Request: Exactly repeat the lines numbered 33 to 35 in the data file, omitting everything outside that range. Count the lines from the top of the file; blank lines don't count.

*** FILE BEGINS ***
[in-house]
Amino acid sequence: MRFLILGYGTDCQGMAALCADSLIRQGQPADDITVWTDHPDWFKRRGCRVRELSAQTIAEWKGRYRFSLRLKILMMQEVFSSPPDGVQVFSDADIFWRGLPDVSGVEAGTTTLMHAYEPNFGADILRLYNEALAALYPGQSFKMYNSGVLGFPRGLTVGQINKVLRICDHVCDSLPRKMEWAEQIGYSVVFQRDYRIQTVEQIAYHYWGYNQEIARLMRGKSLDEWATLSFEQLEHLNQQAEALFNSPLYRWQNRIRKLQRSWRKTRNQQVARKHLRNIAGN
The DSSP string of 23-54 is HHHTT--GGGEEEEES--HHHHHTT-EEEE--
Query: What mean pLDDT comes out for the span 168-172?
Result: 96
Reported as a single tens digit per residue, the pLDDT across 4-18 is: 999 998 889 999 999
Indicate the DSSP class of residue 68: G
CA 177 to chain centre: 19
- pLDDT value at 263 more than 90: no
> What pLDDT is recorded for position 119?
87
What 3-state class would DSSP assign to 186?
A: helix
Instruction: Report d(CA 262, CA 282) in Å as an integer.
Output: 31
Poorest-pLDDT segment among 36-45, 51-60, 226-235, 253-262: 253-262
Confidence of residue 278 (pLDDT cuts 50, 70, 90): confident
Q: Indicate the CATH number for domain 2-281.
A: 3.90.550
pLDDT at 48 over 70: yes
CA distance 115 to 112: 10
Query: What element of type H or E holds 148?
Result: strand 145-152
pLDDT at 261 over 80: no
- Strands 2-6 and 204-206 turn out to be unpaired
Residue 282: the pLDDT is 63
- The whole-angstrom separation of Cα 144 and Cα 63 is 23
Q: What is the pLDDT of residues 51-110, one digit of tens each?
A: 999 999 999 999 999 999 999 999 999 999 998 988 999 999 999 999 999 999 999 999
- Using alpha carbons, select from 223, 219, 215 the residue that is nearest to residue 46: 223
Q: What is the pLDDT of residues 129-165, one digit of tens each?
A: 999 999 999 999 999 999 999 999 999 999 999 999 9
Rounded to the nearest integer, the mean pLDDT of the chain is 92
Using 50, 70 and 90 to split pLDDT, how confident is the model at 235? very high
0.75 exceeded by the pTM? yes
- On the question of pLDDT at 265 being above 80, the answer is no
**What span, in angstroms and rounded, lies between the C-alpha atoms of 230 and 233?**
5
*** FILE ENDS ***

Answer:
Rounded to the nearest integer, the mean pLDDT of the chain is 92
Using 50, 70 and 90 to split pLDDT, how confident is the model at 235? very high
0.75 exceeded by the pTM? yes